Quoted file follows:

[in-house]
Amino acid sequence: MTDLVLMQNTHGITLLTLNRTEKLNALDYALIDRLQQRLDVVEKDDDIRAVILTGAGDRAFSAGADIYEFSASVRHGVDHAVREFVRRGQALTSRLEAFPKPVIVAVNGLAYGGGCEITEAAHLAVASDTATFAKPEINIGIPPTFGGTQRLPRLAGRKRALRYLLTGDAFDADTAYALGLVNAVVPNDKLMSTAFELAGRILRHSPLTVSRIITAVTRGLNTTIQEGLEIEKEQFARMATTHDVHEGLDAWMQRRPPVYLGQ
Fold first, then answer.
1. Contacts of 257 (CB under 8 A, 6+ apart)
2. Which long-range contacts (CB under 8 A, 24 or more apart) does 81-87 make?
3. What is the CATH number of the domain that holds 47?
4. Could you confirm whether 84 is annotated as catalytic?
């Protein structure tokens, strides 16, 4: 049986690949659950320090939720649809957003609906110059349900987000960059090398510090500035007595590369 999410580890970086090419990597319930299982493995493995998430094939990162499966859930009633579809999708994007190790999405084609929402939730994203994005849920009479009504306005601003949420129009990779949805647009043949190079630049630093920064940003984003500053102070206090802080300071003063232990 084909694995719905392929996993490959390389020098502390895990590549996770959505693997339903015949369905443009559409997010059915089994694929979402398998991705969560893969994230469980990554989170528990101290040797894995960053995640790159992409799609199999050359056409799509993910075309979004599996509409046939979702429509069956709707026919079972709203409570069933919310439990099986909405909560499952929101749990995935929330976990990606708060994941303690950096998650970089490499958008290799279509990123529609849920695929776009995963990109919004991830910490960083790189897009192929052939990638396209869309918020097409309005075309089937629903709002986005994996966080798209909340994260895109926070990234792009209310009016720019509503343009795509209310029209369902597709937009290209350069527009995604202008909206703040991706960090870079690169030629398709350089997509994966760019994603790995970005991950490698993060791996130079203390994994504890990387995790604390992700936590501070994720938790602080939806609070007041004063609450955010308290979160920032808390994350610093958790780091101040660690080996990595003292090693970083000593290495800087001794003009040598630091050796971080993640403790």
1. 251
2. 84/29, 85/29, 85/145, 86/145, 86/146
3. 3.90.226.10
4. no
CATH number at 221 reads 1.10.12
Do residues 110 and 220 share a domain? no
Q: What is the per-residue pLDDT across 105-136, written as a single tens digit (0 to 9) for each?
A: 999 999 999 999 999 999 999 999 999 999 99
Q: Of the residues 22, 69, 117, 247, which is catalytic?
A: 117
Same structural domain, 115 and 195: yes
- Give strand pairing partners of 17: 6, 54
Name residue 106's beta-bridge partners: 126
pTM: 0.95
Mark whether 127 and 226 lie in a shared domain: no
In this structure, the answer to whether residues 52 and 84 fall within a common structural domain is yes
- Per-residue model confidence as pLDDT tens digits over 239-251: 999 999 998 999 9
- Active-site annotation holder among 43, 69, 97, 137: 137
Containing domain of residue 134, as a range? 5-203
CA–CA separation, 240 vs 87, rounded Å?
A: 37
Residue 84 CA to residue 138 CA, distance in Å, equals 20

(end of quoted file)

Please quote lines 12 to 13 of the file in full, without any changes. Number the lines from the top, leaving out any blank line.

4. no
CATH number at 221 reads 1.10.12